The Last Gift is told from the perspectives of each family member with each chapter having a section of the story from each character. The exposition at the beginning of the novel is blended almost seamlessly with the action. Abbas collapses at the very beginning of the story and as he does so, it’s like his life flashes before his eyes, allowing the reader to get a sense of who he is. It’s not until he is recuperating that he begins to think about his childhood and adolescence, and the reasons why he left Zanzibar, for the first time in decades after keeping the guilt and memories buried for so long. His revelations shock his wife and children and they each deal with it differently.

The Last Gift is a story about immigrants, their children, and the struggle to find an identity. Maryam doesn’t know who her parents were and grew up with different foster families. She has dark skin and as a child was bullied and didn’t feel like she fit in. She’s not confident in herself and has relied on Abbas to deal with money and bills, so when he falls ill she has a whole new world of responsibilities to navigate.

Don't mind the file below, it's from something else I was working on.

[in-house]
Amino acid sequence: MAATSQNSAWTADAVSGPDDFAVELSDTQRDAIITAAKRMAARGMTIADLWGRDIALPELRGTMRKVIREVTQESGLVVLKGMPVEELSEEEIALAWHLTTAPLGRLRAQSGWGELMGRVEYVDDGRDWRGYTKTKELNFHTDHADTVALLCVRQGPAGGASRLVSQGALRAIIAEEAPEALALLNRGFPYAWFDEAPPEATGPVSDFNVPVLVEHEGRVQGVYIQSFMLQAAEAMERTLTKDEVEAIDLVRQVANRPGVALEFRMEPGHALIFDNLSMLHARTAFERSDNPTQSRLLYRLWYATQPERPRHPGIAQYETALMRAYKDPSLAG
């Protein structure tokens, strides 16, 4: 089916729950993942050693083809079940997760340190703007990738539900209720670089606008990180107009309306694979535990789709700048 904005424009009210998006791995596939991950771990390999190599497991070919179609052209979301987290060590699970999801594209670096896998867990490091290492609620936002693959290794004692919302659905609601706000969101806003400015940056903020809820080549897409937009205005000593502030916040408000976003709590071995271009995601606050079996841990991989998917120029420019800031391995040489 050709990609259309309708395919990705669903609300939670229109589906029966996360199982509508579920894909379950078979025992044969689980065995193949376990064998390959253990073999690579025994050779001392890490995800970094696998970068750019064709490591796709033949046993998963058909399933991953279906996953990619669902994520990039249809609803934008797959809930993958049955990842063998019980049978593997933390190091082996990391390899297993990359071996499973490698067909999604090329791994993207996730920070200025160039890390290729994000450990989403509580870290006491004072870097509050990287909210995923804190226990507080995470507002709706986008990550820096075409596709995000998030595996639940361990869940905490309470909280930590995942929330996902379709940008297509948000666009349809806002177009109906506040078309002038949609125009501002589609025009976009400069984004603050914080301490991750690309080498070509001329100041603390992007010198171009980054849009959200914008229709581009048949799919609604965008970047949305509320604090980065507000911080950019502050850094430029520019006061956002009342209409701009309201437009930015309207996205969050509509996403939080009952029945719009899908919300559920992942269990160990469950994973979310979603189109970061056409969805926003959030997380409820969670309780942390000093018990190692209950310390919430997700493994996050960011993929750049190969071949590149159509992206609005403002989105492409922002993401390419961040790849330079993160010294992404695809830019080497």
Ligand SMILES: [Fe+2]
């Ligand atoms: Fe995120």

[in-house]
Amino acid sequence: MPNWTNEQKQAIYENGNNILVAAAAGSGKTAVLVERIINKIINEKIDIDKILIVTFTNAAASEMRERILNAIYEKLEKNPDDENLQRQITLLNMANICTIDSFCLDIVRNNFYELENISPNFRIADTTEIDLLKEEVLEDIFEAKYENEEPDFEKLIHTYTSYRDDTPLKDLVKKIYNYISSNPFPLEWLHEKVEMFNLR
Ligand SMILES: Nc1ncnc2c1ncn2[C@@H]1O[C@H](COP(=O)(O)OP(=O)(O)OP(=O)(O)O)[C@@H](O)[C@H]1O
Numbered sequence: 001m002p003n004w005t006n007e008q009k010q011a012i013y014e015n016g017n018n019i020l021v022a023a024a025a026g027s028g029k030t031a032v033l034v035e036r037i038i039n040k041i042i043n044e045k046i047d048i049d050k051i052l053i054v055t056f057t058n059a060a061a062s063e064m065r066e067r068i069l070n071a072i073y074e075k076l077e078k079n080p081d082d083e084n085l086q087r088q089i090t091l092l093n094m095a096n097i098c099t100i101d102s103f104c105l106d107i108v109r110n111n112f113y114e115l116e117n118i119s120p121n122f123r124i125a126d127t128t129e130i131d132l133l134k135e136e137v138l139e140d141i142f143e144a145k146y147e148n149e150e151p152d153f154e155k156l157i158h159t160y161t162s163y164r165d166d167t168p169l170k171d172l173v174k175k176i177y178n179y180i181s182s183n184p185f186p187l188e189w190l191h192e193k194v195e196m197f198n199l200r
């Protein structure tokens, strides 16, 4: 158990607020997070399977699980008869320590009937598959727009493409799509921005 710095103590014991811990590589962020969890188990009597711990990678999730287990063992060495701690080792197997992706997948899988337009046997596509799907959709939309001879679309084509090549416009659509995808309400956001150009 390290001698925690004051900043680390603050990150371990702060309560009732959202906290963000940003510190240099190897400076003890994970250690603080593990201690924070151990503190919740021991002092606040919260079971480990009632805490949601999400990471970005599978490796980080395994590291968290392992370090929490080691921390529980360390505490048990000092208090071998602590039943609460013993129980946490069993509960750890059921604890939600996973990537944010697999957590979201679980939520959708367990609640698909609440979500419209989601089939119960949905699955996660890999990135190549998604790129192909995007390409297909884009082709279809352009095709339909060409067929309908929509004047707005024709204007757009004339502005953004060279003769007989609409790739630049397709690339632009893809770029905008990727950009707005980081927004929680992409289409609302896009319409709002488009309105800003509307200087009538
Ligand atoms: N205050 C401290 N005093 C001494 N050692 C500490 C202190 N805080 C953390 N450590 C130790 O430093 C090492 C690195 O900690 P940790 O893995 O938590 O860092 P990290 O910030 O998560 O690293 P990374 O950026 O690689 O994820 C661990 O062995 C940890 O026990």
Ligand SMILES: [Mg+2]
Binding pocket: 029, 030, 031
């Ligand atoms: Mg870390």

As Abbas had previously only told his family he was from East Africa when they asked, and Maryam has no idea of her heritage, Hanna and Jamal have never really known what their family heritage is. When they are faced with some unexpected knowledge of it, Hanna doesn’t want to be a part of a “vile immigrant tragedy” while Jamal is keen to find out more.

The Last Gift is about stories and memories, and how not everyone wants to hear them and face up to the truth of them. Most of the characters are nuanced, Hanna especially is equal parts unlikable and sympathetic, and while some of them get some closure, others are left as uncertain of their place in the world as when the book began. 4/5.

Ninja Book Box: ‘Journeys’ Summer Reading Box